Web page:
According to Verizon (a large company generally positioned to be a trusted source of knowledge for how cellular phones and cellular networks work):
When using Wi-Fi Calling, 911 calls will always try cellular service in the local market first, even when the device is in Airplane Mode or cellular service is off. If cellular service isn't available and the user has set up Wi-Fi Calling, the 911 call will route using the registered address.
If a cell phone is in Airplane Mode with cellular service disabled, how can it connect to cellular service in the local market? Under what other conditions might cellular transmissions happen despite the user's efforts to disable cellular transmission capabilities?
Consistent with the explanation of cell phone user interfaces (which should be an authoritative source about what the feature does), similarly positioned wireless network provider SaskTel explains, unqualified (as far as cellular service is concerned), that
Most wireless phones and devices have a setting that allows you to turn off all network connections. This might be called "Airplane Mode," "Flight Mode," or there might be an option to "turn off all connections." When this mode is on, your phone can't make or receive calls or text messages, or access data services such as email or the Internet.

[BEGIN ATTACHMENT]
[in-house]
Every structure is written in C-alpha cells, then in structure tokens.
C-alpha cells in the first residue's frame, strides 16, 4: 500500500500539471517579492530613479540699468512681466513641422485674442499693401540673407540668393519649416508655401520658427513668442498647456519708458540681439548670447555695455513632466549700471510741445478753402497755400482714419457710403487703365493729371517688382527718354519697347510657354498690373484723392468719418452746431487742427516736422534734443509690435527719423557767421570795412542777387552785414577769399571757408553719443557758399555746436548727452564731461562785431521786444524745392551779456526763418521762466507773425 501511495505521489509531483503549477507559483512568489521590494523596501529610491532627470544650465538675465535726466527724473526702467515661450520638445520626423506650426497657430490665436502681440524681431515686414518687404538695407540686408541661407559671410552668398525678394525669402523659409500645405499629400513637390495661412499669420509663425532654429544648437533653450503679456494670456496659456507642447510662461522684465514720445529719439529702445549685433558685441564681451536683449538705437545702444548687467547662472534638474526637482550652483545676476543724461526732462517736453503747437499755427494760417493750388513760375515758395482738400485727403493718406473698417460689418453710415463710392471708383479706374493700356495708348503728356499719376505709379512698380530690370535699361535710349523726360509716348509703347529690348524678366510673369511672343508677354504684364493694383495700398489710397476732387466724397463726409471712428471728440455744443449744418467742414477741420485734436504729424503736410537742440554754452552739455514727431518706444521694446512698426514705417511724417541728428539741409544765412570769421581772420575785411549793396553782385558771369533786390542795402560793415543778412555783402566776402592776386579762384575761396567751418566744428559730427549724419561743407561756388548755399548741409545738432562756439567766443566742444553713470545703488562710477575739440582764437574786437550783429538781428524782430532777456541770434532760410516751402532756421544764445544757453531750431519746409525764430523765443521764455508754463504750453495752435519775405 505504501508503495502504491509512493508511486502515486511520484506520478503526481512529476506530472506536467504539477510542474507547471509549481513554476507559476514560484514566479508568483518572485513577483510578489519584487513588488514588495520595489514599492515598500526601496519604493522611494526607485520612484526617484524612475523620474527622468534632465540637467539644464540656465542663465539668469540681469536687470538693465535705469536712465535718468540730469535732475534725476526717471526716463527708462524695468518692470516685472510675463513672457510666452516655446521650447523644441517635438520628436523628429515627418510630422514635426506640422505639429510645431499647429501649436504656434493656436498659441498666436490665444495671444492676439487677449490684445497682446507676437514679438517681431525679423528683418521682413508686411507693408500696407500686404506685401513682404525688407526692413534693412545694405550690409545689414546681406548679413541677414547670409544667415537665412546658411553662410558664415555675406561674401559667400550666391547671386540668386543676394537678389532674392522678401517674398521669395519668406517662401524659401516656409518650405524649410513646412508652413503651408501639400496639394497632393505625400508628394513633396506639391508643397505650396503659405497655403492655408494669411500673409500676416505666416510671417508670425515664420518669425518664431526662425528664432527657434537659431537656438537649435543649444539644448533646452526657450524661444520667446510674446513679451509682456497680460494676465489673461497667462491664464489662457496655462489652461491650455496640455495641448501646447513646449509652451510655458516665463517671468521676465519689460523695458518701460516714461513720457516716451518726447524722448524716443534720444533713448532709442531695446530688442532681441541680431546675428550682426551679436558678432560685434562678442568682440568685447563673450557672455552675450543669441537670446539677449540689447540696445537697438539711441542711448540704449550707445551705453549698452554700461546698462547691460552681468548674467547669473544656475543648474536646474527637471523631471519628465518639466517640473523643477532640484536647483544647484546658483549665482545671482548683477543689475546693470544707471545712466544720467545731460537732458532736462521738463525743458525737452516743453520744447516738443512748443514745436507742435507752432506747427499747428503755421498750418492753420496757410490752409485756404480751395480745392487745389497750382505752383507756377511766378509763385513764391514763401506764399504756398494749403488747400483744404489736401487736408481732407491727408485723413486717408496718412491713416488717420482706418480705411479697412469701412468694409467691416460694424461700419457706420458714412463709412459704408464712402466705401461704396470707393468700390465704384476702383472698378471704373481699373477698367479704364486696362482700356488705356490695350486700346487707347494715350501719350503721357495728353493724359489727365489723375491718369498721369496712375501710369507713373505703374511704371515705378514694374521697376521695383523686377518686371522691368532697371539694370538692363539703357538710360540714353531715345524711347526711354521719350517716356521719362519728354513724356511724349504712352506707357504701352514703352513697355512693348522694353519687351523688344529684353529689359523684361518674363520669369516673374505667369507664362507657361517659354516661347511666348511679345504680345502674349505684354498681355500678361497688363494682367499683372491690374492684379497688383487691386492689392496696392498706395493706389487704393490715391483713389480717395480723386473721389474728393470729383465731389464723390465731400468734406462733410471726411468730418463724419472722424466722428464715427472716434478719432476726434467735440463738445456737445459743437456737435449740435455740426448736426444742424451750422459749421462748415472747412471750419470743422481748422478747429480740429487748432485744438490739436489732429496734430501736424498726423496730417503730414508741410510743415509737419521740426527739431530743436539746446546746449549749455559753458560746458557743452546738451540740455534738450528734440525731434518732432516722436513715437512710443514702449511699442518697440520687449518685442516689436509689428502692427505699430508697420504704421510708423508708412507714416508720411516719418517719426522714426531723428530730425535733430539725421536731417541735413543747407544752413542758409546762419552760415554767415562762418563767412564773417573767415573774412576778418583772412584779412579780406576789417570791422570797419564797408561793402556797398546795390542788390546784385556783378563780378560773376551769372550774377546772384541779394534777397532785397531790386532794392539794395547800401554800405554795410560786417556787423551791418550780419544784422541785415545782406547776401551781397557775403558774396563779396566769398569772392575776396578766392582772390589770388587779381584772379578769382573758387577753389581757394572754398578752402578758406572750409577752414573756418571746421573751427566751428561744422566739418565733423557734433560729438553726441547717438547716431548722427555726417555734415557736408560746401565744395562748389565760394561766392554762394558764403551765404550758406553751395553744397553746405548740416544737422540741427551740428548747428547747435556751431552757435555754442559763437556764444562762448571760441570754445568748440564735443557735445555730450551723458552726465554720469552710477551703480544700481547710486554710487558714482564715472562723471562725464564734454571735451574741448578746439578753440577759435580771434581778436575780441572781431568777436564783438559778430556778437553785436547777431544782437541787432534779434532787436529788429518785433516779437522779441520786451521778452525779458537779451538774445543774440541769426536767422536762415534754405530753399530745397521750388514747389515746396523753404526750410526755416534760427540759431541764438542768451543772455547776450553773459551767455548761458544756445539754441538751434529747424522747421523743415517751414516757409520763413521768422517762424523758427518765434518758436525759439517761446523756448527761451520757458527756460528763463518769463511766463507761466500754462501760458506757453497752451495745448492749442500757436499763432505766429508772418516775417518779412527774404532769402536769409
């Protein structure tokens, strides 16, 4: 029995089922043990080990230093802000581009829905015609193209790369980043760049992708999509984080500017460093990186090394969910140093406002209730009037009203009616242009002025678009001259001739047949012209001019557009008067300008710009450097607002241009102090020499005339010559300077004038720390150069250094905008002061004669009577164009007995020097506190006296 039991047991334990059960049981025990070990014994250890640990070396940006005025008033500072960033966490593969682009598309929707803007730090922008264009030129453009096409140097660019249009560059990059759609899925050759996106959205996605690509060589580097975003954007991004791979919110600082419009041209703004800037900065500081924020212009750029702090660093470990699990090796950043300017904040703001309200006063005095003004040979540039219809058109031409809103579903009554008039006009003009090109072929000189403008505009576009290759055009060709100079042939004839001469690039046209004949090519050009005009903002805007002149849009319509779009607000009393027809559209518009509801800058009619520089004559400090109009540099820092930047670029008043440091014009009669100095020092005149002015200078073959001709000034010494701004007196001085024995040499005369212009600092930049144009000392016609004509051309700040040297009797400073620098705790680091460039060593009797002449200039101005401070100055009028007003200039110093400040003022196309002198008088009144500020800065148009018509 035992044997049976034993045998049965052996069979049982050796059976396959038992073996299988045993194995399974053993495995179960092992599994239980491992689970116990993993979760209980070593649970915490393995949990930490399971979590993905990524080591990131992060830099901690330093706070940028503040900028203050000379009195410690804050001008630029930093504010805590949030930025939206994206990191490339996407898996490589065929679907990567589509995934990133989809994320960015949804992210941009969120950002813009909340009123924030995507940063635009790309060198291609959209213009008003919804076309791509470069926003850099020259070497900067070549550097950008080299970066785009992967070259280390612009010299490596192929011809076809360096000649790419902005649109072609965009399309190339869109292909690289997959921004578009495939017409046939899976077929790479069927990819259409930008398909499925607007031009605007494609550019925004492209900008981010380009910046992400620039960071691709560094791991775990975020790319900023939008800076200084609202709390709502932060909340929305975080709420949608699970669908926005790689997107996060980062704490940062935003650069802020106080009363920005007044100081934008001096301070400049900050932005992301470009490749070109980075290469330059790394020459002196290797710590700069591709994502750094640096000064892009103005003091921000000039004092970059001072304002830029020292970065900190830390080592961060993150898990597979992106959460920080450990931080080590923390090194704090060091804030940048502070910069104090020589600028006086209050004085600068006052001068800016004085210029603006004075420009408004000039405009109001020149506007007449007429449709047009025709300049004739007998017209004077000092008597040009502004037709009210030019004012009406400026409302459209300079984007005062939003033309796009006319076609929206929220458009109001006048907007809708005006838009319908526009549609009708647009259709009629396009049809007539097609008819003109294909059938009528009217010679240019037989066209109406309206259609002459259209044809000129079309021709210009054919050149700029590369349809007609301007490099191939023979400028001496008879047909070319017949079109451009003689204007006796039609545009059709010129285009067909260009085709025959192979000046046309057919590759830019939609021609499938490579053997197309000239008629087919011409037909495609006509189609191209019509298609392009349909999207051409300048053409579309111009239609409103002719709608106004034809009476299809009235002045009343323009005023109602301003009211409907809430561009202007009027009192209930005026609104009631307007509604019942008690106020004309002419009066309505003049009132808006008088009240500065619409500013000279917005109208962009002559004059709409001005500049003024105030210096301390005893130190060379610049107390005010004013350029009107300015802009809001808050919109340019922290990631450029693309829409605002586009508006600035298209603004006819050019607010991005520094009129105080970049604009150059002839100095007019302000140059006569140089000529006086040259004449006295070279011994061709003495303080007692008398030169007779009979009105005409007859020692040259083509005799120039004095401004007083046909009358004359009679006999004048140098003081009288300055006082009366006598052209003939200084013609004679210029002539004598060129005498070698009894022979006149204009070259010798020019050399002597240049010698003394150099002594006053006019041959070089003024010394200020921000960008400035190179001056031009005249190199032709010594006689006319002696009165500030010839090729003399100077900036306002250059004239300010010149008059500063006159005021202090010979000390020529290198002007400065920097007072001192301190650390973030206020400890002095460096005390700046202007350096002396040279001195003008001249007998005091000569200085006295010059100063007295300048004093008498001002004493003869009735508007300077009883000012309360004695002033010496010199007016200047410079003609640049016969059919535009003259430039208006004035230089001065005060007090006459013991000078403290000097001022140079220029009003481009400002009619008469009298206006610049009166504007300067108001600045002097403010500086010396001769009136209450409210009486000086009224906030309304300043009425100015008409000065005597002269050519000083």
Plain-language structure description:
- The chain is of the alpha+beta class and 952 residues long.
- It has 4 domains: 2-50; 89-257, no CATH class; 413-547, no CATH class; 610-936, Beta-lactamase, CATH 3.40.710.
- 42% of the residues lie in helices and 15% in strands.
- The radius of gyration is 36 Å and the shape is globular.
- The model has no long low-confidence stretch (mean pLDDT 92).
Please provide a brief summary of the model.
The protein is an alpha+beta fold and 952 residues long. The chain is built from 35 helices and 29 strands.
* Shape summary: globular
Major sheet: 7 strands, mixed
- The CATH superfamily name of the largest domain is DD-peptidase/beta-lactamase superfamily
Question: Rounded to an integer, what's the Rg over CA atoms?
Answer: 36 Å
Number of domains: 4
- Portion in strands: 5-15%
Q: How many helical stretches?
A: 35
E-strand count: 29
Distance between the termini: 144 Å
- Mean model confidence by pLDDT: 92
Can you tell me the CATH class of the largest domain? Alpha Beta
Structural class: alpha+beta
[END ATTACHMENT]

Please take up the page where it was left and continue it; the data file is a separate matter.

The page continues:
The conflict between these claims is central to the present question.
It could be useful to know what conditions override settings for Airplane Mode and cellular service, both for concerns one might get after reading a lot from Edward Snowden or news about SCIF-storming and/or thinking about potential impact of intentional transmitters on commercial aviation. (I assume that for example, accurate perceptions of strong emergency situations aboard commercial passenger aircraft are likely to be highly correlated among a relatively large number of passengers; it would be unfortunate if that led the emergency to be exacerbated contrary to clear UI labeling.)